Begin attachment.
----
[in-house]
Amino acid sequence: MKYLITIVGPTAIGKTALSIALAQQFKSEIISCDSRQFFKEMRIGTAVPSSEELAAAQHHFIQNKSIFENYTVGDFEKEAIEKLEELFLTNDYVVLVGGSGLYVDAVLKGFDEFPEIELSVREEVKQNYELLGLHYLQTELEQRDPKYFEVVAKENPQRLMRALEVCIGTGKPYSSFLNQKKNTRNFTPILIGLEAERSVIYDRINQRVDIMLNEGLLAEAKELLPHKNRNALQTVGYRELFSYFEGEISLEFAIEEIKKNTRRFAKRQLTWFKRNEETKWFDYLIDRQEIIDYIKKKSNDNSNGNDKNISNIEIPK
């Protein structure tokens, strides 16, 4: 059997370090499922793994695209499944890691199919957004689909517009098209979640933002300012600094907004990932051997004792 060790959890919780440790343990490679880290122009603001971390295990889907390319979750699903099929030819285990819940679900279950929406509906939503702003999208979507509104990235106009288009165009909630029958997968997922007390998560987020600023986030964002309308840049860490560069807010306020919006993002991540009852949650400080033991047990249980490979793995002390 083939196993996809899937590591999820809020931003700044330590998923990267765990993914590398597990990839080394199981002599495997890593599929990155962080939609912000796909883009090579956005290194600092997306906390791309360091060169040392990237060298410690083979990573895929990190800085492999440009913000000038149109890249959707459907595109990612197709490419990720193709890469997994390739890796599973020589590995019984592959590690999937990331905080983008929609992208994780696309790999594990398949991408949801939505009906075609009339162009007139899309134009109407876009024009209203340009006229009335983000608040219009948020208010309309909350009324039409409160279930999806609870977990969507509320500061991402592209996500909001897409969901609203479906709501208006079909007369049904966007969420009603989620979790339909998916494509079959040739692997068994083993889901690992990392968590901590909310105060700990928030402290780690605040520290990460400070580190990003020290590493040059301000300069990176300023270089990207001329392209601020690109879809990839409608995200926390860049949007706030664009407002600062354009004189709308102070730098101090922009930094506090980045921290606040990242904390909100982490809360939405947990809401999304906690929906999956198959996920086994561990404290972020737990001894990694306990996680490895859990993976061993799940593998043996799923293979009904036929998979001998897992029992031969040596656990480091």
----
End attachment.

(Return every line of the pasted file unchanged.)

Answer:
[in-house]
Amino acid sequence: MKYLITIVGPTAIGKTALSIALAQQFKSEIISCDSRQFFKEMRIGTAVPSSEELAAAQHHFIQNKSIFENYTVGDFEKEAIEKLEELFLTNDYVVLVGGSGLYVDAVLKGFDEFPEIELSVREEVKQNYELLGLHYLQTELEQRDPKYFEVVAKENPQRLMRALEVCIGTGKPYSSFLNQKKNTRNFTPILIGLEAERSVIYDRINQRVDIMLNEGLLAEAKELLPHKNRNALQTVGYRELFSYFEGEISLEFAIEEIKKNTRRFAKRQLTWFKRNEETKWFDYLIDRQEIIDYIKKKSNDNSNGNDKNISNIEIPK
């Protein structure tokens, strides 16, 4: 059997370090499922793994695209499944890691199919957004689909517009098209979640933002300012600094907004990932051997004792 060790959890919780440790343990490679880290122009603001971390295990889907390319979750699903099929030819285990819940679900279950929406509906939503702003999208979507509104990235106009288009165009909630029958997968997922007390998560987020600023986030964002309308840049860490560069807010306020919006993002991540009852949650400080033991047990249980490979793995002390 083939196993996809899937590591999820809020931003700044330590998923990267765990993914590398597990990839080394199981002599495997890593599929990155962080939609912000796909883009090579956005290194600092997306906390791309360091060169040392990237060298410690083979990573895929990190800085492999440009913000000038149109890249959707459907595109990612197709490419990720193709890469997994390739890796599973020589590995019984592959590690999937990331905080983008929609992208994780696309790999594990398949991408949801939505009906075609009339162009007139899309134009109407876009024009209203340009006229009335983000608040219009948020208010309309909350009324039409409160279930999806609870977990969507509320500061991402592209996500909001897409969901609203479906709501208006079909007369049904966007969420009603989620979790339909998916494509079959040739692997068994083993889901690992990392968590901590909310105060700990928030402290780690605040520290990460400070580190990003020290590493040059301000300069990176300023270089990207001329392209601020690109879809990839409608995200926390860049949007706030664009407002600062354009004189709308102070730098101090922009930094506090980045921290606040990242904390909100982490809360939405947990809401999304906690929906999956198959996920086994561990404290972020737990001894990694306990996680490895859990993976061993799940593998043996799923293979009904036929998979001998897992029992031969040596656990480091």